University of Fashion Blog

Category "Color Theory"

The Americans have landed, or have they?

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For those of us New Yorkers who each day walk past the Lord & Taylor flagship on Fifth Avenue, we are already mourning the shuttering of this retail monument, scheduled for early 2019. While L & T may not have always been every fashionista’s ‘go-to’ destination for the most current fashion trends, this retailer has had a rich history of promoting American designers. Beginning in 1932, Dorothy Shaver (then L & T president), established a program known as the “American Look,” during a period in time when French fashion reigned supreme. This fashion visionary jumped at the chance to promote the work of American designers like Claire McCardell, Tina Lesser, Clare Potter, Vera Maxwell and Bonnie Cashin. It was a defining moment for American fashion designers and put American fashion on the world map. Oh, and by the way…Shaver was also one of the founders of the Costume Institute at the Metropolitan Museum of Art in New York!

Lord & Taylor                                                                                                                                                          (Courtesy University of Fashion)
Lord & Taylor (Courtesy University of Fashion)

Well, thankfully, another retailer has finally stepped up to the plate. As of this week and leading up to New York Fashion Week (Sept 6-14), Saks Fifth Avenue is showcasing the work of various American brands. Each of the American-based brands below were invited to create a window (and pay for their installation) that best represents that brand’s identity.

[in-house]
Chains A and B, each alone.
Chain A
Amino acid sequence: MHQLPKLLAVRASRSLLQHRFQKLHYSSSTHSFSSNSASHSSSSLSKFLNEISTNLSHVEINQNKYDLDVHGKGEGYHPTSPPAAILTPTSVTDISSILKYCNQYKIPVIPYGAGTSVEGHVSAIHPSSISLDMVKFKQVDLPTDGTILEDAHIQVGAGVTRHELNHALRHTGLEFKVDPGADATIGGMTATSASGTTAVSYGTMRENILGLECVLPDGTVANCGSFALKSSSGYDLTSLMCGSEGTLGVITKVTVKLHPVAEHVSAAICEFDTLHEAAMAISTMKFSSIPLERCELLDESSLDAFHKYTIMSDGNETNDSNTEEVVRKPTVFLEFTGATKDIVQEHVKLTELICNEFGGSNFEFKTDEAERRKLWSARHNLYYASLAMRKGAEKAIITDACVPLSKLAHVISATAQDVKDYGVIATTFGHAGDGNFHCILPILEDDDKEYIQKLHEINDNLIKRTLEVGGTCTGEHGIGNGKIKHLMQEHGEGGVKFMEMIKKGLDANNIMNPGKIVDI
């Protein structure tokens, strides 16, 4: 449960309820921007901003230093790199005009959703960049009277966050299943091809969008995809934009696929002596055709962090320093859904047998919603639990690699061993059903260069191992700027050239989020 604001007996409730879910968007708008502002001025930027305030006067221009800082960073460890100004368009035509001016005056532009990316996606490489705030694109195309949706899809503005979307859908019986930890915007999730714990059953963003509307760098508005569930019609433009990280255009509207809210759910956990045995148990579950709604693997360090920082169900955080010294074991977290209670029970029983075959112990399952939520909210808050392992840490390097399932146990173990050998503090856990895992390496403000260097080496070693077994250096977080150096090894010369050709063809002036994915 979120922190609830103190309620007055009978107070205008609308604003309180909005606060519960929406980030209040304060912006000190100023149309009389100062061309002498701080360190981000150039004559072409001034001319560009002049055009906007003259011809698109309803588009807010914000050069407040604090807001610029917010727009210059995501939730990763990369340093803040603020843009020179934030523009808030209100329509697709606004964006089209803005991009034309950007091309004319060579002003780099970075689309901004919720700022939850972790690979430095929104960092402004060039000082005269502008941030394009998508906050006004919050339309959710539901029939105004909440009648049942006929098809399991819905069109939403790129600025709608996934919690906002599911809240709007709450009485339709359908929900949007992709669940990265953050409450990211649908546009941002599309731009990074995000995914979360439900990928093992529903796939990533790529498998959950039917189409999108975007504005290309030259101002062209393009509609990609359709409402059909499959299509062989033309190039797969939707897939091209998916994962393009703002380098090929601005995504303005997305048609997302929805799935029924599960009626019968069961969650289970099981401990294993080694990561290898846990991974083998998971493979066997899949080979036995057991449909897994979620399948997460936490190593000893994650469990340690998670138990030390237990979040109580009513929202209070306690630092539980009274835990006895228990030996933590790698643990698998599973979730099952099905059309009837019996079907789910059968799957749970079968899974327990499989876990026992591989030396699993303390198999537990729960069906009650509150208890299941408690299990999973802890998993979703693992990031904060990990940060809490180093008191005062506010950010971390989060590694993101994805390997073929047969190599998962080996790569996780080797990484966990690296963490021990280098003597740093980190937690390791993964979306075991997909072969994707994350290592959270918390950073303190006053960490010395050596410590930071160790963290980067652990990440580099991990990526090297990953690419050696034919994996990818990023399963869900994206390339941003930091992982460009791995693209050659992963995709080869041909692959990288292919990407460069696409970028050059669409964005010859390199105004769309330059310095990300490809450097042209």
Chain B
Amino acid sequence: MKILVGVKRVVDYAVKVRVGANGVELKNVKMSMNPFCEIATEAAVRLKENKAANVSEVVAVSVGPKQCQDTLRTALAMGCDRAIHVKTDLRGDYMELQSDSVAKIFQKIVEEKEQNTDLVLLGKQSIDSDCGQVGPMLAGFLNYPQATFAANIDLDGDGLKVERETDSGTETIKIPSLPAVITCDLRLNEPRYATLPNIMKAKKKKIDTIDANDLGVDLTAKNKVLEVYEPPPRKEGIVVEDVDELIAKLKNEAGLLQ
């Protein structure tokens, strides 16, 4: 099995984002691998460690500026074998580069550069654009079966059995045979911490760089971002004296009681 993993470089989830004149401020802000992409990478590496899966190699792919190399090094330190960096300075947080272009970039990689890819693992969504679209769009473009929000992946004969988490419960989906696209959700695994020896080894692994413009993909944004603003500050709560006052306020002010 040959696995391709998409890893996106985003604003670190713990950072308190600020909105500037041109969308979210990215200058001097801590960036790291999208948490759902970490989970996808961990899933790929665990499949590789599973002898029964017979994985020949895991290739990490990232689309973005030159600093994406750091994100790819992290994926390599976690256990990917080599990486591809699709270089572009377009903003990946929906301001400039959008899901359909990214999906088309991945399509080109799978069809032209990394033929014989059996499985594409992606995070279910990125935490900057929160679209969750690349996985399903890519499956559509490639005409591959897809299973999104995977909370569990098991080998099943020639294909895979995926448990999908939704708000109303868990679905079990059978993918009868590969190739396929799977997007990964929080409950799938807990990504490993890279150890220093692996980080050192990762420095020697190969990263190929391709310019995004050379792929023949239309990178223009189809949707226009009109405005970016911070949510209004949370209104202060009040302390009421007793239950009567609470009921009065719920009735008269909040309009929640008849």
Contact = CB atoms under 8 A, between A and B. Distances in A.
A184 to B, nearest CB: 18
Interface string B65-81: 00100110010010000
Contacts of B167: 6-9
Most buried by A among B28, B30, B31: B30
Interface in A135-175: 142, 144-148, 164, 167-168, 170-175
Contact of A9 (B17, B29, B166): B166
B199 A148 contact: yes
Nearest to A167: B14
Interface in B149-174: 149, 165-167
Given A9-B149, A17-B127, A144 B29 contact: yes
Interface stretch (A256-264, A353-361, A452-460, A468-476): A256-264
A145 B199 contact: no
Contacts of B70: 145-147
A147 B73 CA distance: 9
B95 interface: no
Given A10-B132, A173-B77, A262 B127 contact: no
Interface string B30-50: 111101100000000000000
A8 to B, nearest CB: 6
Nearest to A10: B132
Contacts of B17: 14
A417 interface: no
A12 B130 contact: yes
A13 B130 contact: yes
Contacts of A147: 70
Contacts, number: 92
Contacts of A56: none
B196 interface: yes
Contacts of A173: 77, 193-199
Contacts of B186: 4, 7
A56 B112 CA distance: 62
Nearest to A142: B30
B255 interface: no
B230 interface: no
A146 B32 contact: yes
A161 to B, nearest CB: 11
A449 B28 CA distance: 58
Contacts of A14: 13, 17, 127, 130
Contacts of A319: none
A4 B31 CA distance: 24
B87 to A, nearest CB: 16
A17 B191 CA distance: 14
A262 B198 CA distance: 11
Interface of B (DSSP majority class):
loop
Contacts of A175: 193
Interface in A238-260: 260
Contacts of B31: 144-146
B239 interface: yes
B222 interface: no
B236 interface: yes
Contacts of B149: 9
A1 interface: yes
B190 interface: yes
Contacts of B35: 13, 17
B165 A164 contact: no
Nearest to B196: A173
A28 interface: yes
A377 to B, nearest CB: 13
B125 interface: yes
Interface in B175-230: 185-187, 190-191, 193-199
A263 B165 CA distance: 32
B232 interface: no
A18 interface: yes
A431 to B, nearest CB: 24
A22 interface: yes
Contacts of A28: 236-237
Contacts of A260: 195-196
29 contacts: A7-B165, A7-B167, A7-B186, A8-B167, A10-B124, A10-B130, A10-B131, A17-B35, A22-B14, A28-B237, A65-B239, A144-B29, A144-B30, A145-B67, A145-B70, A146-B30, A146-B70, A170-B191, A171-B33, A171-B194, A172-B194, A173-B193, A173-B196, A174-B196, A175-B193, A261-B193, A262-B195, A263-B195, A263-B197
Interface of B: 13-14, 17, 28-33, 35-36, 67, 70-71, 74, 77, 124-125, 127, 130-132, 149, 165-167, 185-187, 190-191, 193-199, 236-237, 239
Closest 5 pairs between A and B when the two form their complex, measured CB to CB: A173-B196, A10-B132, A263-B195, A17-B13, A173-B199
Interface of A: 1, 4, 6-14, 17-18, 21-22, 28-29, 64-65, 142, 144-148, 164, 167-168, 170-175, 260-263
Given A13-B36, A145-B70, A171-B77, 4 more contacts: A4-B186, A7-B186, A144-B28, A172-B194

Although not all of the designers at these brands are American-born (Carolina Herrera, Philip Lim, Oscar de la Renta, Alexander Wang, Derek Lam, Jason Wu, Diane von Furstenberg, Naeem Khan and Tanya Taylor), the spotlight is on American-based fashion labels.

Other designers included are: Rosie Assoulin, Alice & Olivia, Coach, Eileen Fisher, Lafayette 148, Leila Rose, Milly, Rag & Bone, Marc Jacobs, Michael Kors, Ralph Lauren, Brandon Maxwell, Gabriela Hearst, Jonathan Simkhai, Monse and Proenza Schouler). While the windows are intended to celebrate American style, some brands chose to focus on things such as their heritage, or social justice and sustainability. Here’s a sampling:

Carolina Herrera window for Saks Fifth Avenue                                       (Courtesy WWD August 17, 2018)
Carolina Herrera window for Saks Fifth Avenue (Courtesy WWD August 17, 2018)

Carolina Herrera’s window is a take on her iconic eveningwear (white shirt and ball skirt). Whether intentional or not, Herrera’s choice of rainbow-colored mannequins against a rainbow background could easily be interpreted as a nod to the LGBTQ community.

Coach window for Saks Fifth Avenue                                                                                         (Courtesy WWD August 17, 2018)